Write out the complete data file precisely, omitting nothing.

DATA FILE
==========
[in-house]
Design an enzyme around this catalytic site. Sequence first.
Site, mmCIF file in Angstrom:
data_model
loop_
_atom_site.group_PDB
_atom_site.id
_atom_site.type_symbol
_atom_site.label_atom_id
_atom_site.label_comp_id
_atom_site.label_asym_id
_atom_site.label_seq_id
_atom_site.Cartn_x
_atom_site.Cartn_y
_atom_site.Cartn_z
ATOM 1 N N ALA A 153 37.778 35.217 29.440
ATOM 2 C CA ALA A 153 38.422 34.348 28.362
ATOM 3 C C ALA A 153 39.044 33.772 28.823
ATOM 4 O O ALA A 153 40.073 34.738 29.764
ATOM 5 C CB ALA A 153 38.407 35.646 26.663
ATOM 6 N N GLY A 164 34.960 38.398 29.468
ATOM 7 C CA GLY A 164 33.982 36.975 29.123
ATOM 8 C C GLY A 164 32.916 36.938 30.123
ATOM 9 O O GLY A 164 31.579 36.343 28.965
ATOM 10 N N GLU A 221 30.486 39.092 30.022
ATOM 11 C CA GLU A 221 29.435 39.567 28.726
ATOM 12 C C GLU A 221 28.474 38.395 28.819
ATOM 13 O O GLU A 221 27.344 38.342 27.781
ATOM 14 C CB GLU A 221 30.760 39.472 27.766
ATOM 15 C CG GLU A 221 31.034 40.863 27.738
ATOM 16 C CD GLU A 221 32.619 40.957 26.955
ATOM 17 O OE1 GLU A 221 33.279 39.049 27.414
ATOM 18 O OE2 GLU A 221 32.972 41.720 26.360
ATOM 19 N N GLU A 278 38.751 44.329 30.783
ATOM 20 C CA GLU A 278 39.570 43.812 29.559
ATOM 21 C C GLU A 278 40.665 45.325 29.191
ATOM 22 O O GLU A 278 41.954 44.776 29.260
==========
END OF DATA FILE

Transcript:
[in-house]
Design an enzyme around this catalytic site. Sequence first.
Site, mmCIF file in Angstrom:
data_model
loop_
_atom_site.group_PDB
_atom_site.id
_atom_site.type_symbol
_atom_site.label_atom_id
_atom_site.label_comp_id
_atom_site.label_asym_id
_atom_site.label_seq_id
_atom_site.Cartn_x
_atom_site.Cartn_y
_atom_site.Cartn_z
ATOM 1 N N ALA A 153 37.778 35.217 29.440
ATOM 2 C CA ALA A 153 38.422 34.348 28.362
ATOM 3 C C ALA A 153 39.044 33.772 28.823
ATOM 4 O O ALA A 153 40.073 34.738 29.764
ATOM 5 C CB ALA A 153 38.407 35.646 26.663
ATOM 6 N N GLY A 164 34.960 38.398 29.468
ATOM 7 C CA GLY A 164 33.982 36.975 29.123
ATOM 8 C C GLY A 164 32.916 36.938 30.123
ATOM 9 O O GLY A 164 31.579 36.343 28.965
ATOM 10 N N GLU A 221 30.486 39.092 30.022
ATOM 11 C CA GLU A 221 29.435 39.567 28.726
ATOM 12 C C GLU A 221 28.474 38.395 28.819
ATOM 13 O O GLU A 221 27.344 38.342 27.781
ATOM 14 C CB GLU A 221 30.760 39.472 27.766
ATOM 15 C CG GLU A 221 31.034 40.863 27.738
ATOM 16 C CD GLU A 221 32.619 40.957 26.955
ATOM 17 O OE1 GLU A 221 33.279 39.049 27.414
ATOM 18 O OE2 GLU A 221 32.972 41.720 26.360
ATOM 19 N N GLU A 278 38.751 44.329 30.783
ATOM 20 C CA GLU A 278 39.570 43.812 29.559
ATOM 21 C C GLU A 278 40.665 45.325 29.191
ATOM 22 O O GLU A 278 41.954 44.776 29.260